The Recovery Bean
Recovery Instagram... we need to do better
Today I wanted to talk about the Eating Disorder community on Instagram to share my experiences and open up a discussion about what is and isn’t helpful to post in these spaces. Before I get into the specifics I wanted to say how helpful I have found many influencers to be and how big an impact they have had on my recovery. If you follow me over on Instagram (@the_recovery_bean) I will be sharing some of the creators I especially love over the next few days!
The sort of content I have especially benefited from in my recovery is that from individuals who are either fully recovered or who have been in full committed recovery for a long time. This is because they are able to show me the other side of recovery and so on the days where it’s especially tough and the urges to engage in ED behaviours are strong their posts remind me why I’m fighting. In addition to this, despite everyone's journey being unique, often they have faced similar struggles to those I’m encountering and so it is useful for me to be able to pick up tips or adopt their mantras for myself. Finally, I find these accounts the best to follow as I can be way more confident that they won’t share anything that could be overly triggering as having gone through recovery themselves, they are aware of how our ED’s can interpret information and so are careful not to post the kind of things they would cling onto and use as fuel. Of course this is a generalisation as not all accounts will be this positive and aware, however I have found the likes of @megsy_recovery and @talyngracee absolutely amazing and revolutionary to my recovery, so definitely check them out if you haven’t already!
The flip side of this however, is the part of recovery Instagram that is populated with the likes of body checks, before and after photos, FDOE’s, weights, measurements, calories and hospital stays. This is where the platform becomes toxic.
In the depths of my ED I actively sought out these accounts (not that they’re hard to find), as because they were sold as recovery accounts and not “pro-ana”, I fooled myself into believing it wasn’t too disordered. I used them to compare both my body and intake and depending on what I saw was subsequently validated or invalidated in my illness. In this blog entry I therefore want to talk about why we need to speak out against these actions and in order to evidence why this is necessary, I want to outline the reasons why it can be so damaging and detrimental to individuals recovery.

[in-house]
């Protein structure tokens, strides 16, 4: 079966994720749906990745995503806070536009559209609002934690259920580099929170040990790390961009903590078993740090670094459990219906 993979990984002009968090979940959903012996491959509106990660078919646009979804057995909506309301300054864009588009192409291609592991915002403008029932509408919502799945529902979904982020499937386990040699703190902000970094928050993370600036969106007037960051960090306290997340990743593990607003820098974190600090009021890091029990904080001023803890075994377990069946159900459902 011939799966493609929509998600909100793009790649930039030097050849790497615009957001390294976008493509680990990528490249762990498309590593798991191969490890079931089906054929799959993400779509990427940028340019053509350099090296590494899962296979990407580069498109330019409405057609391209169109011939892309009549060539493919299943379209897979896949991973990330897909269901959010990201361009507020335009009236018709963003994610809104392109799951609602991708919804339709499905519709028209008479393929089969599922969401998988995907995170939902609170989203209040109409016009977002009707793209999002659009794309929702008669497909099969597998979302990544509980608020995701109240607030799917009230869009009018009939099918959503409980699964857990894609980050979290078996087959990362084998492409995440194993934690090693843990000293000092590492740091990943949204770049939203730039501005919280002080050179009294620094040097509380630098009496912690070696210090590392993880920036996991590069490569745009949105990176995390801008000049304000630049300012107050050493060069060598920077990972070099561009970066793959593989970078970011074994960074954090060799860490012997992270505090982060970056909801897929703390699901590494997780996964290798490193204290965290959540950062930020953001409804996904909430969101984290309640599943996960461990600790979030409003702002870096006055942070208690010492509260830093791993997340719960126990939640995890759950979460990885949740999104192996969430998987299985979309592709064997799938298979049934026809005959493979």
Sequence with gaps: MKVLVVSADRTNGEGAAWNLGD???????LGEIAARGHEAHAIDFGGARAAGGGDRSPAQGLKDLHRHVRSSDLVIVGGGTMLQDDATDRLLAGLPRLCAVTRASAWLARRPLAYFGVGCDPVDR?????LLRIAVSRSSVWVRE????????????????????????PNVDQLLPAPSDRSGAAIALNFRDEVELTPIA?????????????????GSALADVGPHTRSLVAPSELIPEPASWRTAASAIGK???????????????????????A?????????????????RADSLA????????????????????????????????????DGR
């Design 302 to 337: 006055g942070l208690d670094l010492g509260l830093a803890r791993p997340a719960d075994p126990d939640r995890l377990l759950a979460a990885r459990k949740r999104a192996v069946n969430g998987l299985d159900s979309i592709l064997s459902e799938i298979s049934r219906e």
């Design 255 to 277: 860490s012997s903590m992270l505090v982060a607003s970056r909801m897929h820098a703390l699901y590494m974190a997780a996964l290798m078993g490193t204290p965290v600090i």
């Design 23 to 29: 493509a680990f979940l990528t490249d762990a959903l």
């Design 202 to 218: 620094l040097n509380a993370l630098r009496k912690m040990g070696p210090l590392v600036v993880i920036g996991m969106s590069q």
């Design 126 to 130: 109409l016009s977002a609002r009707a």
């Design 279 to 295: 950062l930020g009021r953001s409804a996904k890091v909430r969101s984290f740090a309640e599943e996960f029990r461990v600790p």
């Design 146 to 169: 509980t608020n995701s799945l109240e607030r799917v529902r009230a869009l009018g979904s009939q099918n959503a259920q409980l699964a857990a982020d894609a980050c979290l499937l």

I feel that as a community we are now pretty much all agreed that body checks and before and after photos are a no-go. This is because whilst we may be proud of how far we’ve come, we recognise that posting photos of our sick bodies can not only be triggering, but also invite comparison as well as feeding into the stereotype that people with eating disorders are all emaciated and all experience weight loss. Furthermore, it suggests that weight gain evidences recovery, and whilst for many sufferers it may be part of their journey, this is not universal and nor does it show any other parts of the process. Consequently, I firmly believe that if you are going to have a recovery account, you must take on board the responsibility of protecting your vulnerable audience and not post these photos.
Another way in which these spaces can sometimes be unhelpful, is when they are full of #fdoe (full day of eating) posts. This is because even if you are eating an adequate amount for you and your body, it will not reflect the nutritional needs of all your followers and so even though you did not set out to trigger anyone, seeing your intake may encourage disordered behaviours in others. On top of this, more often than not, if you are of the mindset that posting all your meals is a good idea you will not be in full recovery and the promotion of quasi is something to avoid. When speaking about this previously I have been met with opposing views from those who enjoy seeing them as they inspire their own meals. Whilst this may be valid for some, I feel that there are other much better places to find fun recipes, and often if you find yourself constantly seeking out food pictures it may be a sign you are restricting. Therefore, if you are someone enjoys looking at #fdoe's I invite you to check in on why this is and consider whether this is reflective of your true passions or just what your ED wants?
Along the same lines, I have seen many accounts posting their challenges and fear foods and whilst this is okay as a premise, the celebration of the 3 extra almonds you ate is not. This is because whilst it may have been a big step for you, it is a choice that was more than likely still influenced by your ED as I find it hard to believe that that’s what the real you actually wanted to eat. Therefore, whilst you can celebrate these little wins yourself, I feel it is inappropriate to share them with your vulnerable following. This extends to sharing details such as the length of time you have gone without eating a certain food, as you can document this victory without risking invalidating others struggles. This is something I have previously been guilty of and so I apologise for any part I may have played in encouraging comparison in another sufferer.
I’m going to end this post here as I don’t feel I need to explain why posting numbers in your bio or feed is wrong, It just is. This is not intended as an attack and nor is it targeted at specific accounts, it is simply a bid to raise awareness of these issues so that we can come together as a community to overcome them.
More from me soon,
Mais// The Recovery Bean <3